Rasputin and the Empress

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Rasputin and the Empress
Theatrical release poster
Directed byRichard Boleslawski
Written byCharles MacArthur
Produced by
CinematographyWilliam H. Daniels
Edited byTom Held
Music byHerbert Stothart
Distributed byLoew's Inc.
Release date
  • December 23, 1932 (1932-12-23)
Running time
121 minutes
CountryUnited States
Box office$1,379,000[1]

Rasputin and the Empress is a 1932 American pre-Code film directed by Richard Boleslawski and written by Charles MacArthur. Produced by Metro-Goldwyn-Mayer (MGM), the film is set in Imperial Russia and stars the Barrymore siblings (John, as Prince Chegodieff; Ethel, as Czarina Alexandra; and Lionel Barrymore, as Grigori Rasputin). It is the only film in which all three siblings appear together.[2][3]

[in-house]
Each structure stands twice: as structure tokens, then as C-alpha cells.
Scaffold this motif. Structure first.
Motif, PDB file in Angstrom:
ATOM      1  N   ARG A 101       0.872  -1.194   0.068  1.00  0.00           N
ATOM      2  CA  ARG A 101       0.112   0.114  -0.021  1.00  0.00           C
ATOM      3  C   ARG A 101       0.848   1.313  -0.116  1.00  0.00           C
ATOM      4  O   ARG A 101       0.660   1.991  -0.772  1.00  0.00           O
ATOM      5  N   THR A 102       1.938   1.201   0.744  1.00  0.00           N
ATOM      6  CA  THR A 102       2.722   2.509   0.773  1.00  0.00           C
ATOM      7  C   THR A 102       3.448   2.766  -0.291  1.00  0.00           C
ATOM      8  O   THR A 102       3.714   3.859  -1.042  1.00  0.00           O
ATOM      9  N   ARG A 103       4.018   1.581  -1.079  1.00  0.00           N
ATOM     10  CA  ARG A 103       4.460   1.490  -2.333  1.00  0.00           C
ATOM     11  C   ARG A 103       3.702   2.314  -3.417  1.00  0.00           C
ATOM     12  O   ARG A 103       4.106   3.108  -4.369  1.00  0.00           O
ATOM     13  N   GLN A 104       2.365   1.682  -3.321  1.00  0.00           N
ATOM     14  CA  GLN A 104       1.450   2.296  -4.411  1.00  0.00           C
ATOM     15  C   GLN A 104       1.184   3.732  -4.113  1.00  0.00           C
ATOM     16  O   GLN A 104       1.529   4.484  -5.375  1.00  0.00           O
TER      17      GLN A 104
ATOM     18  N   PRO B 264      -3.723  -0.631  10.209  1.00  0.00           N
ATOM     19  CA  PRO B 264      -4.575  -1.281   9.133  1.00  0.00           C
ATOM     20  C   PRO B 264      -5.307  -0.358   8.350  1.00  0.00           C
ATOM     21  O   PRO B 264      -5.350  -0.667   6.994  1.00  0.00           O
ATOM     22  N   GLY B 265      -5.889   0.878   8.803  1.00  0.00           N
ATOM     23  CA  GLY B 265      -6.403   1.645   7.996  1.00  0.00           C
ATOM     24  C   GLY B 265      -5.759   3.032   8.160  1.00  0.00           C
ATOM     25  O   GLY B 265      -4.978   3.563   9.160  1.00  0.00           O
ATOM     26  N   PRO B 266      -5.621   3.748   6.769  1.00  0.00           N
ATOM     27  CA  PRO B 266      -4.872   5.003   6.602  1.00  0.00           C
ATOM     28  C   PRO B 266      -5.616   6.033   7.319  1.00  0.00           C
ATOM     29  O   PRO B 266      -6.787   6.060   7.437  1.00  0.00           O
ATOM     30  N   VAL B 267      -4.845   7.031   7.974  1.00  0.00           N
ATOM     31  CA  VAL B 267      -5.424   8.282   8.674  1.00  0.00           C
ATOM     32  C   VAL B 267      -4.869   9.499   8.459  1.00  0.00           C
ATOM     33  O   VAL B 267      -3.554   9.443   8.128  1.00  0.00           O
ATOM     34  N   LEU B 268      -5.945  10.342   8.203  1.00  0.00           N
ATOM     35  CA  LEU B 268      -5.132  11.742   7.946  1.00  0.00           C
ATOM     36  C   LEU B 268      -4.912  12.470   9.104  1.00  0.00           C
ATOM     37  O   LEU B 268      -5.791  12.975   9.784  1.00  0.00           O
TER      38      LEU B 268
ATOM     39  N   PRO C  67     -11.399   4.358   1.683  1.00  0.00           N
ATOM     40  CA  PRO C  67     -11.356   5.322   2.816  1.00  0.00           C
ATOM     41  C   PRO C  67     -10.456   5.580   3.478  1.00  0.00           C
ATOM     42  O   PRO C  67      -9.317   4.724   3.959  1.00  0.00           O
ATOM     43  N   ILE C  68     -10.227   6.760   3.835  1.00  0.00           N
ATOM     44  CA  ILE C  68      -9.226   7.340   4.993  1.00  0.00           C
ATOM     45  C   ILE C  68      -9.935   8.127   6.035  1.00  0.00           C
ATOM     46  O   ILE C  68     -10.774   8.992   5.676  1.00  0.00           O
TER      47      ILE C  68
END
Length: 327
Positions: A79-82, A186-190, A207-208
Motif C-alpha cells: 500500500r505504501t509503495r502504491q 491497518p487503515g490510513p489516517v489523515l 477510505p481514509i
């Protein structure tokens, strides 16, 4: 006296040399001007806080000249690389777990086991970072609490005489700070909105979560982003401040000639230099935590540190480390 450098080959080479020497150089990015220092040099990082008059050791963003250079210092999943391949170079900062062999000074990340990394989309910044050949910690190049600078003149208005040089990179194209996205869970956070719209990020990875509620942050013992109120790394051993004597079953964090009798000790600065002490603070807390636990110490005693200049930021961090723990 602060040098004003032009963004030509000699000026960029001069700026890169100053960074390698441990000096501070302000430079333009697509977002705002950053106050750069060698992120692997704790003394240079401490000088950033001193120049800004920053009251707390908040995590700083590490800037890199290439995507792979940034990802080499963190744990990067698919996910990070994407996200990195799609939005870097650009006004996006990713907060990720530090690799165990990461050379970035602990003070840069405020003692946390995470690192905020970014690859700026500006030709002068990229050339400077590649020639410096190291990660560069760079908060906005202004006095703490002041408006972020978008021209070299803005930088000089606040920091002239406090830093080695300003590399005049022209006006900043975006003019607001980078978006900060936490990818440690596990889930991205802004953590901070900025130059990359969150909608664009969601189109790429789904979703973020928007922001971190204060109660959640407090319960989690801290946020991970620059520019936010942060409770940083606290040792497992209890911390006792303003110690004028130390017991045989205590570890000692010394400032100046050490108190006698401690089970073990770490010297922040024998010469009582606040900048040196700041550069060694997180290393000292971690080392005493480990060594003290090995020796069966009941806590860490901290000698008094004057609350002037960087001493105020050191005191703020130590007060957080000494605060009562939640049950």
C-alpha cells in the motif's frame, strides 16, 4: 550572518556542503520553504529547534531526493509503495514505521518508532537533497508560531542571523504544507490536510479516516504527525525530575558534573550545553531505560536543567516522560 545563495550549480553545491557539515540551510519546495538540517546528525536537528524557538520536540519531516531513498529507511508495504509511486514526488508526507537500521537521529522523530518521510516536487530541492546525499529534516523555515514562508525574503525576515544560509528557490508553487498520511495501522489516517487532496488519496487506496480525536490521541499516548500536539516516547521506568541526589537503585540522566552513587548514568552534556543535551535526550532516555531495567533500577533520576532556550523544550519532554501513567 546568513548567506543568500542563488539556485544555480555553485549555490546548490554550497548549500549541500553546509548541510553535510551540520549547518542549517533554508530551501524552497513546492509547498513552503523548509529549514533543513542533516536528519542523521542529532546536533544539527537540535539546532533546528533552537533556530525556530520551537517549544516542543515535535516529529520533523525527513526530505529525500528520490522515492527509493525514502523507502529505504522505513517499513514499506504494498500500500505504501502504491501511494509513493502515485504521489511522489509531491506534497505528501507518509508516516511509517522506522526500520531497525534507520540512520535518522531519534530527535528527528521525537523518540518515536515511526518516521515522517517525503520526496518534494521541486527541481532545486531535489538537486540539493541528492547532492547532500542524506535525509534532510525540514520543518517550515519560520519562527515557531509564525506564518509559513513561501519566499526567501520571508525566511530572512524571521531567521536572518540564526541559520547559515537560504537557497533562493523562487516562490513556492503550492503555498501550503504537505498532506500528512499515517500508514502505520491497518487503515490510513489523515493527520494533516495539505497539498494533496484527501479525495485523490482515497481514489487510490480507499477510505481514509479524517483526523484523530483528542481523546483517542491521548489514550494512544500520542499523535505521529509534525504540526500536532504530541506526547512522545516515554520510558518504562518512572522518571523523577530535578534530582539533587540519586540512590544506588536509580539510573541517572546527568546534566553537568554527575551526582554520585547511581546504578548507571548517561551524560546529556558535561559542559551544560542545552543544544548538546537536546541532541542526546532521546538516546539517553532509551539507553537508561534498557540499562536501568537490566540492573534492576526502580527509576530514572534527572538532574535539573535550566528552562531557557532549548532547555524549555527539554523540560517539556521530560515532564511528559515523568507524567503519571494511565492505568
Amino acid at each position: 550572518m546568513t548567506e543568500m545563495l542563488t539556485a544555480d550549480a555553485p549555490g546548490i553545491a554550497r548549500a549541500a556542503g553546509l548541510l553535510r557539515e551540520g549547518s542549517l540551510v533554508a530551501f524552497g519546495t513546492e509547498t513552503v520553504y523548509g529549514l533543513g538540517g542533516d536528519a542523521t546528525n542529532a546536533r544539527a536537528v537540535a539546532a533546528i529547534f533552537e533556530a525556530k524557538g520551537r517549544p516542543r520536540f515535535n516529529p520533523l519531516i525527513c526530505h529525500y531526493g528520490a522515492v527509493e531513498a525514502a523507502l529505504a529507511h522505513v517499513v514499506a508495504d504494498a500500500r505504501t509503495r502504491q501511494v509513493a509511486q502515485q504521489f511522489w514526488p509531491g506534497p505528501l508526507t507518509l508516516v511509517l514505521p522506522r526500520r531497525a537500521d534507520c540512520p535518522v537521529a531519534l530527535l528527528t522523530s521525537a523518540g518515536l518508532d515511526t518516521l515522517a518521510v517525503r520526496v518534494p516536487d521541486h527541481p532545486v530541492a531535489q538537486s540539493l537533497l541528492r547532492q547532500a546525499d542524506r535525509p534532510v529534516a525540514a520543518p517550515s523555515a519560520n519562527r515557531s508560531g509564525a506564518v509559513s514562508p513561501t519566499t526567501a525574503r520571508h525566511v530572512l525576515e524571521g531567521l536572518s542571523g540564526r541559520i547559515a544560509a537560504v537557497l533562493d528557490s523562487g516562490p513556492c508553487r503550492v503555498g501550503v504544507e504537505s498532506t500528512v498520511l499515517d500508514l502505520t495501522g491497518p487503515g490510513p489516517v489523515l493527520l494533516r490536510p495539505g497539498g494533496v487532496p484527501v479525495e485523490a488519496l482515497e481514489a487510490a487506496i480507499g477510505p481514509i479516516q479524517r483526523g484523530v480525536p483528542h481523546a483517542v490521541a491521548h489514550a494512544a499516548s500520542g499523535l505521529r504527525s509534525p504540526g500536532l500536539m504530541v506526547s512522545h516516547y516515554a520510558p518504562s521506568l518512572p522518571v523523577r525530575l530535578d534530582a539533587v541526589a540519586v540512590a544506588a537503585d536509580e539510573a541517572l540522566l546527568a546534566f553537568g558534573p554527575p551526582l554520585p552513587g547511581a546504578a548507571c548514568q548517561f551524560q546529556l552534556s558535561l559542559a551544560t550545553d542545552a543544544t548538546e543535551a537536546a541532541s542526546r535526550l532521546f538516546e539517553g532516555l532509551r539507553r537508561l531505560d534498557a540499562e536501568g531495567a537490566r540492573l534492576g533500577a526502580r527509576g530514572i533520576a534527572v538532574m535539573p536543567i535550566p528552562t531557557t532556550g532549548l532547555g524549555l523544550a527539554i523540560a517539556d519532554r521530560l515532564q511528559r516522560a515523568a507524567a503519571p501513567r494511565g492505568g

The film's inaccurate portrayal of Prince Felix Yusupov and his wife Princess Irina (renamed "Prince Chegodieff" and "Princess Natasha") resulted in a historically significant lawsuit against MGM and gave rise to the "all persons fictitious disclaimer", which has since become standard in Hollywood works of fiction.


The highly fictionalized story takes place in the Russian Empire during the last years of the reign of Czar Nicholas II and the Czarina Alexandra. Reform-minded Prince Paul has long been concerned about the plight of the common people and knows a revolution is brewing. Prince Alexei, heir to the throne, is loved by the people but has hemophilia, and a slight fall turns out to be life-threatening. When royal physician Dr. Remezov is powerless to stop the boy's bleeding, Princess Natasha, Alexandra's lady-in-waiting and Paul's fiancee, recommends Rasputin as a healer. He convinces the frantic Empress that he has been sent by God to cure the child. Left alone with Alexei, he hypnotizes the boy and relieves his agony but also gradually makes Alexei a slave to his will.